One of Latin America’s darkest periods began in 1865 — around the time that the American Civil War was drawing to a close — but its wounds still have not healed. The mid-19th century Paraguayan War saw its namesake on one side and a triple alliance of Brazil, Argentina, and Uruguay on the other. Latin America looked quite different then. It has long been a place in flux politically, economically, and geographically speaking. But, this conflict altered rudimental perceptions of the continent. Its scars in South America run deep.
In 1862, just three years before the start of the war, Solano Lopez became the country’s second president.
In 1865 Argentina was a newly independent nation. It won its independence in an 1810 war with Spain led by Jose de San Martin. Uruguay was part of Argentina, as part of the United Provinces of the Rio de la Plata, which was then conquered by Brazil and became independent in 1824. This, at the conclusion of Brazil and Argentina’s war for it. Brazil gained its independence from Portugal in 1822 but kept its royal family as it became an Empire. It often intervened in the domestic affairs of its South American neighbors.
Paraguay of today versus Paraguay of 150 years ago is a study in contrasts. It became independent from Spain in 1811. It instituted a military junta to control the country. Paraguay developed an economy, arguably becoming the most advanced South America country at the time. It used British support and know-how to develop industry and improve infrastructure. In 1862, just three years before the start of the war, Solano Lopez became the country’s second president.
Paraguay like its 19th-century industrialized society peers needed access to production inputs, labor, and ports from which it could ship products. As a landlocked country, Paraguay’s only choice to gain access to the sea was to expand. Thus, Lopez started his expansionist plan and in 1865 attacked Brazil and Argentina with great success. The two attacked nations organized a joint war effort, and with Uruguay, created the Triple Alliance. Initially, the commander of their armies was Argentinian President Bartolome Mitre.
Brazil and Argentina annexed considerable portions of Paraguayan territory in the peace treaty following the end of the war.
During the war’s first phase Paraguay was on the offensive. In February 1867 Mitre stepped down as the allied commander. He was replaced by Brazilian Army commander Luis Alves de Lima e Silva, aka the Duke of Caxias. Caxias was nominated Brazilian commander in October of the previous year. His first command halted the Brazilian army’s advance. Thereafter, he completely reorganized and restructured the allied military. Consequently, when he restarted the offensive in July 1867, the allied forces won one victory after another. This momentum allowed them to take Asunción, Paraguay’s capital, in January of 1869, defeating the Paraguayan forces. With the war seemingly won, Caxias — who was old and tired — relinquished his command of the allied war effort.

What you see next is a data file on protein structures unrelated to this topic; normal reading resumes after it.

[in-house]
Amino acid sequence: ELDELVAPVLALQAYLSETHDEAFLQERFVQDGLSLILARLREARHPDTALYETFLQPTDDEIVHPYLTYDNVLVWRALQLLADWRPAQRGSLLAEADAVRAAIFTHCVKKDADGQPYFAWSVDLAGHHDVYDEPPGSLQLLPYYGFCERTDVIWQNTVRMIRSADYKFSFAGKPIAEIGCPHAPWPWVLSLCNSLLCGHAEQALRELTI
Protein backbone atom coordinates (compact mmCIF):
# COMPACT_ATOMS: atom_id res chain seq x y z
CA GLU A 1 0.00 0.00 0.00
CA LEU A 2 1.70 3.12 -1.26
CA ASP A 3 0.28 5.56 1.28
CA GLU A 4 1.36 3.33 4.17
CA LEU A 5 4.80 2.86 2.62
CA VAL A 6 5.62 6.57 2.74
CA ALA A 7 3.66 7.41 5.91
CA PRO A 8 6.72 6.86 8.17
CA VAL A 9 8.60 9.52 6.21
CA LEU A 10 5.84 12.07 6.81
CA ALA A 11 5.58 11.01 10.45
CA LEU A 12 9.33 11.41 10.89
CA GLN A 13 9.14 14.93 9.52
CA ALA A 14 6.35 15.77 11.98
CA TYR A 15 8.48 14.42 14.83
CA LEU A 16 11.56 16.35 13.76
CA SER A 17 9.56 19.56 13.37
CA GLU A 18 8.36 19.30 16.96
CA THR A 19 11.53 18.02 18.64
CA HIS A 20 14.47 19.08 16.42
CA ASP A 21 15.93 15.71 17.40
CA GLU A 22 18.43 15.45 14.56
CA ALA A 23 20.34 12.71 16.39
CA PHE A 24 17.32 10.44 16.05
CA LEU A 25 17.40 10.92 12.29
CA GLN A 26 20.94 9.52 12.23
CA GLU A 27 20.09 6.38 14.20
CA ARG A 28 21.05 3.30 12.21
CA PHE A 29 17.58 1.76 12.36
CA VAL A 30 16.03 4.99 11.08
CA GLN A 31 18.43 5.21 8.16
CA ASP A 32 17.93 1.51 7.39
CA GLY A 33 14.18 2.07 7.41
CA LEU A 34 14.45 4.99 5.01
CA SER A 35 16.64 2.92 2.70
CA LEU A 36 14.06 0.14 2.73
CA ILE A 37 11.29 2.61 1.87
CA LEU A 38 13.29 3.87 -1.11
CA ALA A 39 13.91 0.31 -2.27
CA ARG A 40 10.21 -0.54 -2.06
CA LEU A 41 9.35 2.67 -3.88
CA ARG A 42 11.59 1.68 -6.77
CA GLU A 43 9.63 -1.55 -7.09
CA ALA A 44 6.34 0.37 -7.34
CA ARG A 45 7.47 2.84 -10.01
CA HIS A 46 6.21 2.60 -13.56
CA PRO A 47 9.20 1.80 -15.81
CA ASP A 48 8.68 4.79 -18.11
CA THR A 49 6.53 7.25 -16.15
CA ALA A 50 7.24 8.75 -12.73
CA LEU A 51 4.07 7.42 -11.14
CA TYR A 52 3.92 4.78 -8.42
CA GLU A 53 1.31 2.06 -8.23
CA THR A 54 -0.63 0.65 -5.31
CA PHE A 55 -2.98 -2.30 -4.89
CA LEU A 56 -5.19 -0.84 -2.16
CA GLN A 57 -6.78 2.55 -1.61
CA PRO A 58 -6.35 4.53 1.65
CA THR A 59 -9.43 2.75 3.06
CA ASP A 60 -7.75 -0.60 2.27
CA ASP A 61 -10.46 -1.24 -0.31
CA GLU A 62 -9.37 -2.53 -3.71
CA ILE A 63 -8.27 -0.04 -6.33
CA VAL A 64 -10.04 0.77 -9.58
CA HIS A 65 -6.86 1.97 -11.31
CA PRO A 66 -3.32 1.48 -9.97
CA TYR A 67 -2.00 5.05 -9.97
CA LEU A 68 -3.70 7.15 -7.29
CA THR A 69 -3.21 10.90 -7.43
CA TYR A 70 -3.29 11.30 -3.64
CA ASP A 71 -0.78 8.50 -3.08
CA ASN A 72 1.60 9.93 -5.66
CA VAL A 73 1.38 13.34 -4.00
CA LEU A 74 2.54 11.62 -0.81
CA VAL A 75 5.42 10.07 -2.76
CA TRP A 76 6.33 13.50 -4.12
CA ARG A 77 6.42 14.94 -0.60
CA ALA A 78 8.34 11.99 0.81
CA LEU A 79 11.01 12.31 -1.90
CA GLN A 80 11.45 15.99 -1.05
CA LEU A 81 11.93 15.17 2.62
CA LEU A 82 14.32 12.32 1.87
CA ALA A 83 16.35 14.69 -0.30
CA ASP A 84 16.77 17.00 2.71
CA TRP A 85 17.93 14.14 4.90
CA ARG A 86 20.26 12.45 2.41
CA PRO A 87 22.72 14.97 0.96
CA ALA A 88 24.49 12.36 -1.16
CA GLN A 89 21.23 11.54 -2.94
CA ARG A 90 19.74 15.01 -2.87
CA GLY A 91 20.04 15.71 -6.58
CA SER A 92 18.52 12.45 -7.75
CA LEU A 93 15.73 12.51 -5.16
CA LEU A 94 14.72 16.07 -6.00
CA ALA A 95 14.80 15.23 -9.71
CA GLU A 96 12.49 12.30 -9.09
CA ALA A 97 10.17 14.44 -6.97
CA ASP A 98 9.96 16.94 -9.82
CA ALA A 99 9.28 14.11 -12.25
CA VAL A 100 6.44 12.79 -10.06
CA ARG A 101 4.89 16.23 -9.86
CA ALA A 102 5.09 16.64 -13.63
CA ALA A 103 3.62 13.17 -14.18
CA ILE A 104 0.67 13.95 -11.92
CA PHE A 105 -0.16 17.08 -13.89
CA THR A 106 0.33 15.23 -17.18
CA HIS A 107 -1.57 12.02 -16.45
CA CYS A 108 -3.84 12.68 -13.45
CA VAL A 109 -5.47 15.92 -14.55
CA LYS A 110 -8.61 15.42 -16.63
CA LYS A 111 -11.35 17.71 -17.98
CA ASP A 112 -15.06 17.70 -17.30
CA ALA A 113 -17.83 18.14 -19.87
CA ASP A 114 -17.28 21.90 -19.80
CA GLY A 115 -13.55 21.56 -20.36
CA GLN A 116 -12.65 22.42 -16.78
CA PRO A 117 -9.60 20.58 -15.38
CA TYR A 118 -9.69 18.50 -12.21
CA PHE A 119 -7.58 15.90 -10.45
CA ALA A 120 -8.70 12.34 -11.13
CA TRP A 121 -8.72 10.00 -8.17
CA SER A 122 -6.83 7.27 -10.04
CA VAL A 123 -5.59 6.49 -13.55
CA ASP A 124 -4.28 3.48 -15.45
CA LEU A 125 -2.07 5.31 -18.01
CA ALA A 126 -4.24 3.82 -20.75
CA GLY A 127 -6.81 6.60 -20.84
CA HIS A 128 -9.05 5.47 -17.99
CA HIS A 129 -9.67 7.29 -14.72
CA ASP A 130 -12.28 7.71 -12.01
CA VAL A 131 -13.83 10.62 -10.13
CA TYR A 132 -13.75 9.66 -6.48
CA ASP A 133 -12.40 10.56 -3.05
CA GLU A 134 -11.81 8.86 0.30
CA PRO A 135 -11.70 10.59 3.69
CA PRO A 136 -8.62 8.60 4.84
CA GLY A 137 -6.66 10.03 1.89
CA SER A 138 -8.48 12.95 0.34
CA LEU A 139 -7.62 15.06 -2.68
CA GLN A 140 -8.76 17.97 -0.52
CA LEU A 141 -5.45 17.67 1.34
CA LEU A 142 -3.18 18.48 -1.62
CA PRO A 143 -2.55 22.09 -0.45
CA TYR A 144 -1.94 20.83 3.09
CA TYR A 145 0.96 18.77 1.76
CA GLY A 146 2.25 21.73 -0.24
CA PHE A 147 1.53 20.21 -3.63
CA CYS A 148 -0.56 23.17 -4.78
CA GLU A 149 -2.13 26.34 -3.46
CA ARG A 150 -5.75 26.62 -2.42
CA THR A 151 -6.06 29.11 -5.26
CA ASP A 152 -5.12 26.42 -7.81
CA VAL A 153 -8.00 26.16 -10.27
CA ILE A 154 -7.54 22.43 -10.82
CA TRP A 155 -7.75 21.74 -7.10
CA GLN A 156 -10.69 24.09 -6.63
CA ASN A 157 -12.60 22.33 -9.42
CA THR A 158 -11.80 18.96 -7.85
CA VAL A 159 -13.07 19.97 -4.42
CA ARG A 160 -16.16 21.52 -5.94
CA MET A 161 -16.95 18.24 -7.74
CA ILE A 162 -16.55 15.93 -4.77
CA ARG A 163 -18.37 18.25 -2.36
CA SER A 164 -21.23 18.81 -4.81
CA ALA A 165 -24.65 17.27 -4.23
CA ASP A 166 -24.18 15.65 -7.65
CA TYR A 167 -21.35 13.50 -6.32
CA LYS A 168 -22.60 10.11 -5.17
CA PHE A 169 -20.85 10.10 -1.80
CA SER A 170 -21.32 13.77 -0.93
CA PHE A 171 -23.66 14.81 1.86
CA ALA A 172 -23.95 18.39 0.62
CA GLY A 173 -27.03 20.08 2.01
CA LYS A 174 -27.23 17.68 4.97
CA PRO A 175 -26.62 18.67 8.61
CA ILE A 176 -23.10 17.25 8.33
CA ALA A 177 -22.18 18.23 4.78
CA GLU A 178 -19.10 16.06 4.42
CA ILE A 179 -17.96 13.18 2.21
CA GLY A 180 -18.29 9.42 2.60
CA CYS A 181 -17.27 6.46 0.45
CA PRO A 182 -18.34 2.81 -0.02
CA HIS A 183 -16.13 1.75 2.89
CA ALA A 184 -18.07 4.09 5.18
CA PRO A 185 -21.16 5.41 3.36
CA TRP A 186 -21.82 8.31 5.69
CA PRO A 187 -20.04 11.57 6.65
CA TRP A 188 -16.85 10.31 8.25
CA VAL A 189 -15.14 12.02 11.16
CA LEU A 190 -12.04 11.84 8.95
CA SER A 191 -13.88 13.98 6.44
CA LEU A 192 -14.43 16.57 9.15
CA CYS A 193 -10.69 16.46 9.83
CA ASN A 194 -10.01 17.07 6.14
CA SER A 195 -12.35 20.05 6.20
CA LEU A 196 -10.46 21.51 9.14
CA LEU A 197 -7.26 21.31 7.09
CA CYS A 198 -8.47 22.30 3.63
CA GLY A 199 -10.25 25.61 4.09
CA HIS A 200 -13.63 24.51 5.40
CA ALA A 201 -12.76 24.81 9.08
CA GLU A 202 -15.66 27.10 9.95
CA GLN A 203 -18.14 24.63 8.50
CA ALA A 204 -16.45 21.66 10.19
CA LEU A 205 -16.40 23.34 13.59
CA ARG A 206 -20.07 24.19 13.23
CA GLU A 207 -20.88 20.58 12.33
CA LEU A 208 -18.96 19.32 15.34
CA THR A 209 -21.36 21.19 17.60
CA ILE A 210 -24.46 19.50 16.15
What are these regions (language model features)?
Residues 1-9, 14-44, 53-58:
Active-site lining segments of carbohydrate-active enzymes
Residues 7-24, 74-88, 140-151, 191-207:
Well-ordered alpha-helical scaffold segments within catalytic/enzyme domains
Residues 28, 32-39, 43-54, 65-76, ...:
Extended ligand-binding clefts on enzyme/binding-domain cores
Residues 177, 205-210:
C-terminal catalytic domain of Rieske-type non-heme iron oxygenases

The Triple Alliance governments were unsatisfied and continued the war. They nominated the Count D’Eu, Brazilian Emperor Peter II’s son-in-law, to command their military forces. While Lopez refused to surrender, his resistance didn’t amount to much. With the army depleted, women, children and the wounded were left to fight on. What followed is one of the darkest moments in Brazilian history. Argentina and Uruguay decimated the Paraguayan population and destroyed the country. Brazil and Argentina annexed considerable portions of Paraguayan territory in the peace treaty following the end of the war.
This conflict altered rudimental perceptions of the continent.
The effect on Paraguay cannot be overstated. The most harrowing statistics indicate that 60% of Paraguay’s population, and 90% of its men, fell victim to combat, disease, or starvation. Paraguay was set back decades in its development and industrialization. This lag remains responsible for current economic and social problems.
The war is infrequently discussed outside of South America, but it’s a terrible chapter which reshaped its power balance ever after. Paraguay struggles with criminality, bootleggers, and drug traffickers to this day. It is poorer and less developed than its neighbors. It’s a lesson in the comprehension of a nation’s struggle. Often undermining characteristics result from occurrences decades or even centuries in the past. It is a vital reminder to keep human rights in the fore, and not forget its victims, lest they reoccur. Meanwhile, the wounds are far from healed, Paraguay may never recover fully, and it resurfaces often in relations between the four countries.
Roberto Malta, is a Brazilian born, George Mason University student pursuing a B.A. in Global Affairs, with minors in History and Economics.